Neil Trayvor and other APS employees at Oct. 2021 Chamber luncheon

Neil Trayvor and other APS employees at the October 2021 chamber luncheon. Trayvor announced APS will complete the broadband loop from Payson to Phoenix in the next two years. Local broadband service providers have already started negotiations to lease space from APS.

The Arizona Public Service company will string high-capacity broadband fiber between Payson and Scottsdale, hopefully by next summer.

“We submitted the construction permit to the Tonto National Forest back in August. We’re working with them to expedite the approval,” said Dominic Pagliuca, APS senior manager of information technology.

The new high-capacity line would complete the broadband loop needed for Rim Country to have redundancy.

Rim Country has struggled being at the end of the broadband line with internet outages caused by backhoes, accidents and even squirrels.

Currently, two broadband lines meet in Payson, but they do not join to complete a loop.

Since the 1990s, CenturyLink provided a line that came down from I-40, then up from Camp Verde, through Pine and ended in Payson. Last year, Sparklight completed a line from Show Low through Heber and Forest Lakes to also stop in Payson.

Neither line meets up.

Nor has either company made a move to solve the problem by connecting.

APS offers either company an opportunity to have redundancy if they connect. This opportunity saves either company the expense of building expensive infrastructure over an area that would provide few customers to pay back the investment.

Members of the Rim Country Regional Chamber of Commerce heard the good news during their October luncheon. Neil Trayvor, division manager, announced APS has already completed the first part of the loop that comes up from Phoenix, goes through Prescott and Flagstaff and ends in Joseph City, where the Cholla Power Plant churns out power.

“There are a couple of reasons I am building that high-capacity line,” he said. “So, my assets can talk to each other … to have real time communication …(and) so telecommunications can tap into my line and bring that to the residents.”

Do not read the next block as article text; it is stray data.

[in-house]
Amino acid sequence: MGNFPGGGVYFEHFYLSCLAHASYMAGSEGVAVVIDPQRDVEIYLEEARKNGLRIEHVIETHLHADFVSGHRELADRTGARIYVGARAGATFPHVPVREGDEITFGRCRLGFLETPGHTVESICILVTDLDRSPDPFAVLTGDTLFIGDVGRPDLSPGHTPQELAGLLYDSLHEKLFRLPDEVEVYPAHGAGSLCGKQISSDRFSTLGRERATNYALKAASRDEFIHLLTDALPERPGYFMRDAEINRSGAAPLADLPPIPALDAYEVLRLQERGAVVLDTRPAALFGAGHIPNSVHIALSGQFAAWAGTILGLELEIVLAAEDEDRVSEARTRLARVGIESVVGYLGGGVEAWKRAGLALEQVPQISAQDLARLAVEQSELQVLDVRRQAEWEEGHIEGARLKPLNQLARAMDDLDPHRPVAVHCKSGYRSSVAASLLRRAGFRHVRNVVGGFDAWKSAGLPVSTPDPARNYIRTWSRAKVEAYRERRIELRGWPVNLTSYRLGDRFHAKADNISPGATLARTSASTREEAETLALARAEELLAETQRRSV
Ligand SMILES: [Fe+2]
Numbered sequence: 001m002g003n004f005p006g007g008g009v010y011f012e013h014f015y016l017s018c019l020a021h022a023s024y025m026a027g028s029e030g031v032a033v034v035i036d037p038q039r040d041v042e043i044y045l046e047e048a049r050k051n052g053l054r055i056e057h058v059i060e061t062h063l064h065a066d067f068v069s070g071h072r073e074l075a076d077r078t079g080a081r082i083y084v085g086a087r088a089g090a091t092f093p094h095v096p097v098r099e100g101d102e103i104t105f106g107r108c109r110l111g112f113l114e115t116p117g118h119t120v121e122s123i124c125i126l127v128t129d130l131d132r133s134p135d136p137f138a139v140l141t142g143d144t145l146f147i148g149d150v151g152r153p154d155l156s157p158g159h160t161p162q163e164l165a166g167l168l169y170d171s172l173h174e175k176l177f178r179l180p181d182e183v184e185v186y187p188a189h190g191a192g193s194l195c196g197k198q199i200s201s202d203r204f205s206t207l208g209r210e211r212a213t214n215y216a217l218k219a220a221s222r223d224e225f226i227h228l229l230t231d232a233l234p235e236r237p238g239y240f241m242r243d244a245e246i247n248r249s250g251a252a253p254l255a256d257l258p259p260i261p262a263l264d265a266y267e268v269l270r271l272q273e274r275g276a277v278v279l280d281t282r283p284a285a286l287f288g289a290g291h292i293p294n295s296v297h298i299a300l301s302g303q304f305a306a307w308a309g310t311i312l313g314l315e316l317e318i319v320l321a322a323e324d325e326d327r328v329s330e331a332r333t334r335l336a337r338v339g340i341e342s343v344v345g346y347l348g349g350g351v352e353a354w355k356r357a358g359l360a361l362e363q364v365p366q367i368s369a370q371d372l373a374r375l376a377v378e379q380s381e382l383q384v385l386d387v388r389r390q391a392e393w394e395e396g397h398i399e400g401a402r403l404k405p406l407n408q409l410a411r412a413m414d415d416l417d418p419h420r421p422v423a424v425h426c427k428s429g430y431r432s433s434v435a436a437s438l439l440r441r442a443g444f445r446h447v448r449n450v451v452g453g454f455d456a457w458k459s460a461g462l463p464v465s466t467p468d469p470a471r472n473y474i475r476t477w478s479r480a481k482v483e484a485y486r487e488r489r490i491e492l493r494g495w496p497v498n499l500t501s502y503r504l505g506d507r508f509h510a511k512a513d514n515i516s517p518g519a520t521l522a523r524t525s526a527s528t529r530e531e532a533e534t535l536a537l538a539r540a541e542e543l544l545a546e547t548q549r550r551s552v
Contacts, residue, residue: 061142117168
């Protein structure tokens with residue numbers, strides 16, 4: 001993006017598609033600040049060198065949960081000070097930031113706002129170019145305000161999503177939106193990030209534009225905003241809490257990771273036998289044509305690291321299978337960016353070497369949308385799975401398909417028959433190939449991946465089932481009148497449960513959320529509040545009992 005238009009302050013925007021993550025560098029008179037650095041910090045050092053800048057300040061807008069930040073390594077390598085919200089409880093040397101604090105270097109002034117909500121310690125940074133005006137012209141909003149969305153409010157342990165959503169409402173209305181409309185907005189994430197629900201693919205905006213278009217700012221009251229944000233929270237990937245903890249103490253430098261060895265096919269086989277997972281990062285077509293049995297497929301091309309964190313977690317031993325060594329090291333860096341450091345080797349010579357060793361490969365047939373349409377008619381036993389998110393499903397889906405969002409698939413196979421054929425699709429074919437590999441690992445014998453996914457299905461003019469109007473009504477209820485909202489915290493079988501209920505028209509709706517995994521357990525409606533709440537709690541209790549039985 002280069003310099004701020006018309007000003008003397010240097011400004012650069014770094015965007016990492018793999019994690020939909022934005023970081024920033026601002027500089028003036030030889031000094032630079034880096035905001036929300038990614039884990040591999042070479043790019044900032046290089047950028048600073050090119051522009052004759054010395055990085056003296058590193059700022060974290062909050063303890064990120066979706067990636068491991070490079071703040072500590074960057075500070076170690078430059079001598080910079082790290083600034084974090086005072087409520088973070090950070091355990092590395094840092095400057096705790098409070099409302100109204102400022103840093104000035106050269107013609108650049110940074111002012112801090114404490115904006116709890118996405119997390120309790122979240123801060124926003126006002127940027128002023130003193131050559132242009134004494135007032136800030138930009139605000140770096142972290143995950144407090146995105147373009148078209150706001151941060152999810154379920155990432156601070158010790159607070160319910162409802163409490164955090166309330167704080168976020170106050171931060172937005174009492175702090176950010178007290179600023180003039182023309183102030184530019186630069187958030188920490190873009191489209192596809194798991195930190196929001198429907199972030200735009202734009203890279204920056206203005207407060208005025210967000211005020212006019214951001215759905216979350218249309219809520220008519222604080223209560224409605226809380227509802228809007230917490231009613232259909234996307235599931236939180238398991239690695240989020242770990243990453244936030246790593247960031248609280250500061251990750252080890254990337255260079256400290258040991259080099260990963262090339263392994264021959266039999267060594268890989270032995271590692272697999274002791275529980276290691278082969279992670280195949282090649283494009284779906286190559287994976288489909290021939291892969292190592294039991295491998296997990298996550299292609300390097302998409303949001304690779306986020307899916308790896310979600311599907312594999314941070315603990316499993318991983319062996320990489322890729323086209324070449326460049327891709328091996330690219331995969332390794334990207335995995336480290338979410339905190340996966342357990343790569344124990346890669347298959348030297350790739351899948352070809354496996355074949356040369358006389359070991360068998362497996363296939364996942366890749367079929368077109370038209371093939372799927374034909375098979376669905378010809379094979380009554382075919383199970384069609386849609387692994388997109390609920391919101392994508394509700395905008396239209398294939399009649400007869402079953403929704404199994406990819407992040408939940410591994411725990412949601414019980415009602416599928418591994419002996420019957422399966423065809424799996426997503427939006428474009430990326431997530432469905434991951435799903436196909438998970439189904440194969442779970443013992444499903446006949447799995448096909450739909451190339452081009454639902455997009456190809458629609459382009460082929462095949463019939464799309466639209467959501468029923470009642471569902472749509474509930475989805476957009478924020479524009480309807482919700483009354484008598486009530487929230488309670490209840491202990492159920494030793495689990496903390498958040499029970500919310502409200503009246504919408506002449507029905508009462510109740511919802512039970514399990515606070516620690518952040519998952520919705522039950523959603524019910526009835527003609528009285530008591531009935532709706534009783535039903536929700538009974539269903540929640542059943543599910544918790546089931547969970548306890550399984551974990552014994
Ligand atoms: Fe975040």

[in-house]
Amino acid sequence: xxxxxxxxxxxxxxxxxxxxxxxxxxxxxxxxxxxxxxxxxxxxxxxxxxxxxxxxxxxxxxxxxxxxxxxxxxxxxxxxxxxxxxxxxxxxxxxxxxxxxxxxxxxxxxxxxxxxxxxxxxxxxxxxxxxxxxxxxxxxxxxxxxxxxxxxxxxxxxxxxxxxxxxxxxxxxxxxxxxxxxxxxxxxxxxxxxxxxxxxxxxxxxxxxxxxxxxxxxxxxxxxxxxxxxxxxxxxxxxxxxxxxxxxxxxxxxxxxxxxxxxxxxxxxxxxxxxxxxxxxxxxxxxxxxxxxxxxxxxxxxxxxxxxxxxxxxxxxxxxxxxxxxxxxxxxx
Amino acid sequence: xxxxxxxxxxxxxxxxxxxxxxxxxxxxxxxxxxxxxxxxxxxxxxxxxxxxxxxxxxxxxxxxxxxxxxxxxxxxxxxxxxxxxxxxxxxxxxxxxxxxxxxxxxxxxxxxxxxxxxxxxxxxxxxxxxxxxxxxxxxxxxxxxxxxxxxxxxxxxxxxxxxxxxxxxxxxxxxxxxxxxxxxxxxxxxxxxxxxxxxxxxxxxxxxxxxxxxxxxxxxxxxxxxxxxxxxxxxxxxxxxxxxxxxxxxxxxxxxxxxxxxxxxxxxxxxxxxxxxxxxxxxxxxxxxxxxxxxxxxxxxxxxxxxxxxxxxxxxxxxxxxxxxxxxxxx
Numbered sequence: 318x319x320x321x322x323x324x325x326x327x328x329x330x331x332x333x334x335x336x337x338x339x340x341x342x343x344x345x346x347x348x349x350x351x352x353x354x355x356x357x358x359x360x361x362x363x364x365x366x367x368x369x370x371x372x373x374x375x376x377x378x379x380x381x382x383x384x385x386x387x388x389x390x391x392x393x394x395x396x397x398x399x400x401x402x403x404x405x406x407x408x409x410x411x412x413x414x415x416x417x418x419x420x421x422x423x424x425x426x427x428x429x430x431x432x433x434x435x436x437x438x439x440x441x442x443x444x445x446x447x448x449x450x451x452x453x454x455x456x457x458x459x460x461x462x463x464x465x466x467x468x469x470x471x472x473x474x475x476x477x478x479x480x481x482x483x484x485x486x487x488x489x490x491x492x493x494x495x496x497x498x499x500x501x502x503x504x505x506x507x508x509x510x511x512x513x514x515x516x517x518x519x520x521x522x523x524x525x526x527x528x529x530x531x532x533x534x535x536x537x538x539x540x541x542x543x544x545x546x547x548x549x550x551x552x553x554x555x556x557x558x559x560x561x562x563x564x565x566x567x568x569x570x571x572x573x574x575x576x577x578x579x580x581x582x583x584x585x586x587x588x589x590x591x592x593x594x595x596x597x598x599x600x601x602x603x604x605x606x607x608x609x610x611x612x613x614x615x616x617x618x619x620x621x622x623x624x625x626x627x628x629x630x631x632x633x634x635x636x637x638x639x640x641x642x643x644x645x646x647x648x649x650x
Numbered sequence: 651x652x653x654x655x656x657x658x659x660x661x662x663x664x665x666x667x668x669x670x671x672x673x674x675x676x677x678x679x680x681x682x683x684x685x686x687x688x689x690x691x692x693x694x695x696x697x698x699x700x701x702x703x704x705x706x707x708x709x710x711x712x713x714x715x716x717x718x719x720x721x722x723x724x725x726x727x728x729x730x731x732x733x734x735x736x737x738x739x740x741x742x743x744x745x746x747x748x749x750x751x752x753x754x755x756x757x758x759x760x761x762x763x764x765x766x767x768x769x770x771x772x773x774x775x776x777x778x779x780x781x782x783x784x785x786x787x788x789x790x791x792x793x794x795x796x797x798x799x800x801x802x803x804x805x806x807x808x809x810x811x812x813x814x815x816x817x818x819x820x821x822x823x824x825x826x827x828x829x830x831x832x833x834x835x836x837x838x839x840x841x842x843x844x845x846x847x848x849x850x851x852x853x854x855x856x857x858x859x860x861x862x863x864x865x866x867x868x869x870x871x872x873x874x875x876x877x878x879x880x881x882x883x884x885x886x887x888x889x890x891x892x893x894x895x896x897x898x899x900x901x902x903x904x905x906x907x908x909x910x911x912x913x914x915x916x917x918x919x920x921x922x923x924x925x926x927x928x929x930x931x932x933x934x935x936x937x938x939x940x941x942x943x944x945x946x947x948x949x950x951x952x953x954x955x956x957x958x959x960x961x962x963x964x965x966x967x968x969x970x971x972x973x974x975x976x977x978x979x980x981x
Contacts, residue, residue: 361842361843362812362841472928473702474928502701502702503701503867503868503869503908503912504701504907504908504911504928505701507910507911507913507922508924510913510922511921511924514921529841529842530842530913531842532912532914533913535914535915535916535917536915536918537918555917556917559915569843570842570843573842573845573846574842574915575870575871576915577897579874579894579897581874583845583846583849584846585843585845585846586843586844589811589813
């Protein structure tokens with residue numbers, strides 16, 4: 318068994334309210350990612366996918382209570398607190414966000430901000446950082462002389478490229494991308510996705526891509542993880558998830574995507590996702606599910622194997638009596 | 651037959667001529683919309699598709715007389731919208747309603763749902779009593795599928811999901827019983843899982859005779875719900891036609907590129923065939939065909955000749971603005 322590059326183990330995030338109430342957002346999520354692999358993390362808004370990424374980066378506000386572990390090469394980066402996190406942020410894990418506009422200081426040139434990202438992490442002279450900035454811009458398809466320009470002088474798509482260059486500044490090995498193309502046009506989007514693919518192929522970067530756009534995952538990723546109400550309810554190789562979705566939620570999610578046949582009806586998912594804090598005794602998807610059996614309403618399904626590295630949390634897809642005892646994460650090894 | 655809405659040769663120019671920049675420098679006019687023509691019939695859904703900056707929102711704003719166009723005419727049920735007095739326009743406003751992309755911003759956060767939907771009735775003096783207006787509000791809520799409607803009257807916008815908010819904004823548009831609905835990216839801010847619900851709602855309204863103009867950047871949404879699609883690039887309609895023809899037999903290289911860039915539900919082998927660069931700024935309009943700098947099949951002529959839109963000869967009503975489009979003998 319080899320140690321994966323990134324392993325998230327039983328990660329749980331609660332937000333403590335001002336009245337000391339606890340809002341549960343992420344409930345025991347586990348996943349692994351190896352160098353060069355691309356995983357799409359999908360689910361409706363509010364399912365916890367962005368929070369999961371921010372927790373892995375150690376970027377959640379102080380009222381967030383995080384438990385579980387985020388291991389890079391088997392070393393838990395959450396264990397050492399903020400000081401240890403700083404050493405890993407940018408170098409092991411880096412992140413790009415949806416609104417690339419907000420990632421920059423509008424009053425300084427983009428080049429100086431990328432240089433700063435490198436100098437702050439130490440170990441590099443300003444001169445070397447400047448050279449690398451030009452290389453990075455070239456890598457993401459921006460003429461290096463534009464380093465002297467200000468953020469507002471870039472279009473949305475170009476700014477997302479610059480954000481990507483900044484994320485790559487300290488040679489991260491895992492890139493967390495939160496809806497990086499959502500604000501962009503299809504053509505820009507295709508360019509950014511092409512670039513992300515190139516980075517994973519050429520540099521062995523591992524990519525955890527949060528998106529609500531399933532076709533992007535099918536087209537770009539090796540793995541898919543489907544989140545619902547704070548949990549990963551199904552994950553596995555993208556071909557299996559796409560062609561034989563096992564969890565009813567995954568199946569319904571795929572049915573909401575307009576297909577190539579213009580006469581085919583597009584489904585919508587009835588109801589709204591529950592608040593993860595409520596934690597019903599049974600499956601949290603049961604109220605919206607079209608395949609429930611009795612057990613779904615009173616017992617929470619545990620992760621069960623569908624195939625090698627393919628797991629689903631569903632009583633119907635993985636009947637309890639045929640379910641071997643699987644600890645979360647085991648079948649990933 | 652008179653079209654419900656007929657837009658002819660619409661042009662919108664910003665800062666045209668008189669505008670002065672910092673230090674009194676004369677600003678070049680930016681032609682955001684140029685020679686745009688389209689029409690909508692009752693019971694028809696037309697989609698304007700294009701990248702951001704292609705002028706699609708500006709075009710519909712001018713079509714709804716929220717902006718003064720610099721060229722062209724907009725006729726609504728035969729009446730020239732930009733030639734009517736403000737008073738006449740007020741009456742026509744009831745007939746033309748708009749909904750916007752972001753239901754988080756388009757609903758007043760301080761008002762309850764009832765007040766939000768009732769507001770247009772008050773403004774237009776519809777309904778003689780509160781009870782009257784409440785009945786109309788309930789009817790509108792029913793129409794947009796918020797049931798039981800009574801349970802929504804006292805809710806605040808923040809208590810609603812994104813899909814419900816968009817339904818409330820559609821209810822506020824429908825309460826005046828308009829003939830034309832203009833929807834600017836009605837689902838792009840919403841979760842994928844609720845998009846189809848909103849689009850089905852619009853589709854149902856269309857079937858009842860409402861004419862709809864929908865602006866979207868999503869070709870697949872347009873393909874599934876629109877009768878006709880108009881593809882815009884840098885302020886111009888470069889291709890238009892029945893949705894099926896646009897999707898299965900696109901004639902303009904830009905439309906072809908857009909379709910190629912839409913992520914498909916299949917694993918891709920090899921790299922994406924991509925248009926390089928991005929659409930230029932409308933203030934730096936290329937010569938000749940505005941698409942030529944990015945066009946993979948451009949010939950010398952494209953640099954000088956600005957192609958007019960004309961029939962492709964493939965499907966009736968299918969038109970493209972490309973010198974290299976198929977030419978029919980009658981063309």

APS may only provide wholesale broadband access. It may not provide individual customer broadband, like CenturyLink and Sparklight. Already, APS is a government-sponsored monopoly to provide power. They cannot expand into another public utility service beyond that mandate.

To provide the broadband redundancy, APS will lease space on its broadband line.

“One glass fiber could serve all of Payson,” said Pagliuca.

It’s surprising how much all those bundles of glass fiber weigh. The lines APS will string along the path of its transmission lines proved so heavy, Pagliuca said the company must place 45-foot wooden poles next to the transmission lines to carry the weight.

The added construction complicated the issue.

“The original plan was to use the original transmission towers,” said Pagliuca, but added, “Given the complexity of the build, we think a NEPA (study) would be appropriate.”

The Forest Service completes a NEPA study on any permanent human activity in the forest, from building roads to stringing electrical wires to digging a water pipeline.

Trayvor doesn’t mind the wait as it’s all close to completion.

“It’s been many years to bring to fruition,” he said. “The last piece connected along the I-40 is not far off. This is a really exciting project.”

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(1) comment

Phil Mason

Obviously, I support any efforts to bring redundancy to Payson, and I appreciate APS stepping up.

My only question is why are they even bothering with the swamp creatures at the Forest Service when the state has granted access to their right of way where their fiber optic network is already in place.

Can anyone answer why that option is not being utilized without the time and trouble of the NFS.

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